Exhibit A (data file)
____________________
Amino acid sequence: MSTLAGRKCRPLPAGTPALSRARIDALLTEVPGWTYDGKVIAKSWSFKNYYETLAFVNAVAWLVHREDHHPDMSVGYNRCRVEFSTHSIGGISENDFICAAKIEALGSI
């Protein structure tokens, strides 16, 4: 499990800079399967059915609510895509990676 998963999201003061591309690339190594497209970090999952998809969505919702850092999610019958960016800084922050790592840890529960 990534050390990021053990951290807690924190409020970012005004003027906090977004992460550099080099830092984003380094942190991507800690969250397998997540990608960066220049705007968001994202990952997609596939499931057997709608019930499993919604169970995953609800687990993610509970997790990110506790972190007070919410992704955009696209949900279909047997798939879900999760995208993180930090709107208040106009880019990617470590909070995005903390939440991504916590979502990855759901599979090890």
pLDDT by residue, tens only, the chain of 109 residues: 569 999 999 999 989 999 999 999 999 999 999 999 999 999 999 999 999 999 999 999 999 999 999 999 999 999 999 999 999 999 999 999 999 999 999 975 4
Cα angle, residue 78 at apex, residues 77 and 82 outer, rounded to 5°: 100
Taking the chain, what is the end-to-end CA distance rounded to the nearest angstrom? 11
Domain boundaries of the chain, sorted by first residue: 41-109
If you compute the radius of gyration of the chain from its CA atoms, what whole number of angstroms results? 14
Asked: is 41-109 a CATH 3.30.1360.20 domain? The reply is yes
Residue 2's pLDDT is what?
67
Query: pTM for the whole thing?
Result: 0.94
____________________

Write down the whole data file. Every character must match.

Amino acid sequence: MSTLAGRKCRPLPAGTPALSRARIDALLTEVPGWTYDGKVIAKSWSFKNYYETLAFVNAVAWLVHREDHHPDMSVGYNRCRVEFSTHSIGGISENDFICAAKIEALGSI
């Protein structure tokens, strides 16, 4: 499990800079399967059915609510895509990676 998963999201003061591309690339190594497209970090999952998809969505919702850092999610019958960016800084922050790592840890529960 990534050390990021053990951290807690924190409020970012005004003027906090977004992460550099080099830092984003380094942190991507800690969250397998997540990608960066220049705007968001994202990952997609596939499931057997709608019930499993919604169970995953609800687990993610509970997790990110506790972190007070919410992704955009696209949900279909047997798939879900999760995208993180930090709107208040106009880019990617470590909070995005903390939440991504916590979502990855759901599979090890």
pLDDT by residue, tens only, the chain of 109 residues: 569 999 999 999 989 999 999 999 999 999 999 999 999 999 999 999 999 999 999 999 999 999 999 999 999 999 999 999 999 999 999 999 999 999 999 975 4
Cα angle, residue 78 at apex, residues 77 and 82 outer, rounded to 5°: 100
Taking the chain, what is the end-to-end CA distance rounded to the nearest angstrom? 11
Domain boundaries of the chain, sorted by first residue: 41-109
If you compute the radius of gyration of the chain from its CA atoms, what whole number of angstroms results? 14
Asked: is 41-109 a CATH 3.30.1360.20 domain? The reply is yes
Residue 2's pLDDT is what?
67
Query: pTM for the whole thing?
Result: 0.94